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Senate Adopts $3.53 Trillion Budget Resolution

By David Clarke, CQ Staff

April 3, 2009 -- The Senate adopted its fiscal 2010 budget resolution Thursday night after a day of considering dozens of amendments.

The vote was 55–43, with no Republicans supporting the plan and two Democrats—Evan Bayh of Indiana and Ben Nelson of Nebraska—voting against it.

The House adopted its budget (H Con Res 85) on a 233 to 196 vote earlier Thursday with no Republicans voting for the proposal and 20 Democrats rejecting their party's fiscal blueprint.

While neither budget mirrors President Obama's proposal, they pave the way for implementing his proposals on health care, energy, and education. Getting these policies into law, however, will prove more difficult than getting a budget blueprint adopted.

Conference negotiations will focus on whether to include provisions that would, like the House plan, allow health care overhaul legislation move through the filibuster proof reconciliation process and how much in discretionary spending should be provided to the Appropriations panels to write the 12 annual spending bills.

The Senate plan (S Con Res 13) would provide the Appropriations panel with $1.08 trillion, which is $15 billion less than the president requested and about $8 billion less than the House resolution.

The Senate budget (S Con Res 13) would total $3.53 trillion in fiscal 2010, which is slightly below the $3.6 trillion proposed by President Obama. Senate Budget Chairman Kent Conrad, D-N.D., had to scale back some of Obama's proposals to show lower debt and deficit levels than were contained in an assessment of Obama's proposal by the Congressional Budget Office.

For instance, the budget does not make room to extend Obama's "Making Work Pay" program, which provides a payroll tax credit of $400 per individual and $800 per couple to most workers, beyond its expiration at the end of 2010.

It also assumes that the Alternative Minimum Tax will be "patched" in the first three years of the budget, so middle class tax bills do not rise, but not the last two, or that the cost of patching it will be offset with other tax increases or spending cuts. Obama's budget assumes the AMT is patched each year over the next 10 years.

"I wish to make clear that this budget is responsible, it controls spending, it reduces the deficit by two-thirds, it extends the middle-class tax cuts, and it adopts the president's priorities of reducing our dependence on foreign energy, putting a focus on excellence in education, and providing the possibility of major health care reform," Conrad said. "Those are the priorities of the American people, and they are contained in our budget."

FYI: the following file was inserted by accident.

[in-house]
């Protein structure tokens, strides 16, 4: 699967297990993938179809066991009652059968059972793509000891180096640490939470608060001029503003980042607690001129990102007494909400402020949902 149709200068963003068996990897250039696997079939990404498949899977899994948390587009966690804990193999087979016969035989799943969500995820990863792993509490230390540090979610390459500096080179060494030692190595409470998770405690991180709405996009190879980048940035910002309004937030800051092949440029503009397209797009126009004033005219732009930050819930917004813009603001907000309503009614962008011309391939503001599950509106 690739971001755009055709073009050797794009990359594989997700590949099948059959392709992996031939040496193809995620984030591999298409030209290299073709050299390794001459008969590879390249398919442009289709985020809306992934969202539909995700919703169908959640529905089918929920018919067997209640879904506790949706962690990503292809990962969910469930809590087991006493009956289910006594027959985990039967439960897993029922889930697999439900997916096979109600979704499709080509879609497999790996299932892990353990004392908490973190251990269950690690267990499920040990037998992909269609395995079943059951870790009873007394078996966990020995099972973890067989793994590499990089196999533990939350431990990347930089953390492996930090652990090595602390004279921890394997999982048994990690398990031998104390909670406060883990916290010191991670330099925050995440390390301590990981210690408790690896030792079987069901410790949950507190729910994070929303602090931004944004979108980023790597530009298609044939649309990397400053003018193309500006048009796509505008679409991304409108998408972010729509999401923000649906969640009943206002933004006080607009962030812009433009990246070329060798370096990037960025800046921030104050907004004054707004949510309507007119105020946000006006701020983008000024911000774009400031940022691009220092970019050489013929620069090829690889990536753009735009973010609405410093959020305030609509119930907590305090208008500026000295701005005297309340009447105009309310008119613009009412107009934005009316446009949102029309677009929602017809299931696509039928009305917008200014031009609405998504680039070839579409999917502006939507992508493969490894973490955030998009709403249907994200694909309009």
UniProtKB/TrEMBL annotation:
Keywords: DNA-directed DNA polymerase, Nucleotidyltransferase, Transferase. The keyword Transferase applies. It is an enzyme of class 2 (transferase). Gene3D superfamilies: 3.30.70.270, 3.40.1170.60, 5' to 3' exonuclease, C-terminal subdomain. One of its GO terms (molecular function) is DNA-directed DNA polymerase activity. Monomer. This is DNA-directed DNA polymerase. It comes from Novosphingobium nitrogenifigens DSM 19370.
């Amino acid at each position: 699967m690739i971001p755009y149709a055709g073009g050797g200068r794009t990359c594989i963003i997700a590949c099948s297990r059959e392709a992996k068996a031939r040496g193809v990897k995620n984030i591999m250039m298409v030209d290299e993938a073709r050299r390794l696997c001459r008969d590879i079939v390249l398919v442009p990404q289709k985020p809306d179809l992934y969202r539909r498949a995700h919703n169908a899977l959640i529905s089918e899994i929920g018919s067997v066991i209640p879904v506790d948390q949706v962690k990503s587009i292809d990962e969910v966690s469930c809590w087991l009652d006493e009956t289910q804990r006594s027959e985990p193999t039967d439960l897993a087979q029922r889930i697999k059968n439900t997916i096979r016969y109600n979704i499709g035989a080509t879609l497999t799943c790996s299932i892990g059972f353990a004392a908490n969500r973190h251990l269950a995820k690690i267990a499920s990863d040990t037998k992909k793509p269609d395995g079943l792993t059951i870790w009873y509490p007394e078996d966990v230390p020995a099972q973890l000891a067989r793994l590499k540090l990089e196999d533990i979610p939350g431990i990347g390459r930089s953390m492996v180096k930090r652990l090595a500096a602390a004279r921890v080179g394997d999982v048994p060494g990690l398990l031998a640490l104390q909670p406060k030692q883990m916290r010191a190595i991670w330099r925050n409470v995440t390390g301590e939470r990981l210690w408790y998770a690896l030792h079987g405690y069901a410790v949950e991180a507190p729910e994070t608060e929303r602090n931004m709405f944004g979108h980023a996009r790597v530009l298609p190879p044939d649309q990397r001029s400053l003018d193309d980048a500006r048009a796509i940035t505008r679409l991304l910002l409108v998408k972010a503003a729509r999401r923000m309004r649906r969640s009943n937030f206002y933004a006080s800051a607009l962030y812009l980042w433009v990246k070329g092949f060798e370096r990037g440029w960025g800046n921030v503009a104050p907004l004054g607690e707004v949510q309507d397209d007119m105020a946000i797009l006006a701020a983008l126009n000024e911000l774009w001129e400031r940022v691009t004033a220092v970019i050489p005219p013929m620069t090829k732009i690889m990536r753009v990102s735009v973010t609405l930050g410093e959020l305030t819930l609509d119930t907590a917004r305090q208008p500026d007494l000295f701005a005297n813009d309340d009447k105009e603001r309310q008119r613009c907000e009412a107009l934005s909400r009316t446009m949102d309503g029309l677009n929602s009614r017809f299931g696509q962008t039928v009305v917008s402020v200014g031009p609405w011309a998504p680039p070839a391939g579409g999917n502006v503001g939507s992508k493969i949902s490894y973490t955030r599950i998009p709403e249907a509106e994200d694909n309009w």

Debate Marked by Partisan Divide
As is usually the case, the debate over the budget was partisan with little agreement among the two parties on substantive issues.

Republicans panned the proposal, repeating the mantra that it "spends too much, taxes too much, and borrows too much."

Even though the Senate plan would pare back Obama's budget, the deficit picture it projects is bleak as Congress struggles with how to deal with the faltering economy's affects on revenues and spending.

The Senate budget shows a deficit of $1.7 trillion in fiscal 2009 and $1.2 trillion next year. It then steadily drops, hitting $507.6 billion in fiscal 2014. Those figures have moderate Democratic senators worried especially because there is little guarantee Congress will keep within the spending or tax levels outlined in the budget going forward.

Senate Republican leaders decided not to introduce their own alternative believing the best strategy was to fire amendment after amendment at the Democrats' plan.

But Sen. John McCain of Arizona, the GOP's 2008 presidential candidate, produced his own plan, which was voted down 38 to 60 Thursday.

It focused on reducing spending and providing more tax breaks—a policy Democrats argued would short-change key programs and keep the economy in the ditch. No Democrats voted for the proposal and three Republicans voted against it: Sens. Olympia J. Snowe of Maine, Susan Collins of Maine, and Bob Corker of Tennessee.

It called for $17.5 trillion in spending over the next five years, $1.15 trillion less than Obama's plan, $776 billion less than the House budget, and $435 billion less than the Senate blueprint, according to a chart provided by McCain's office.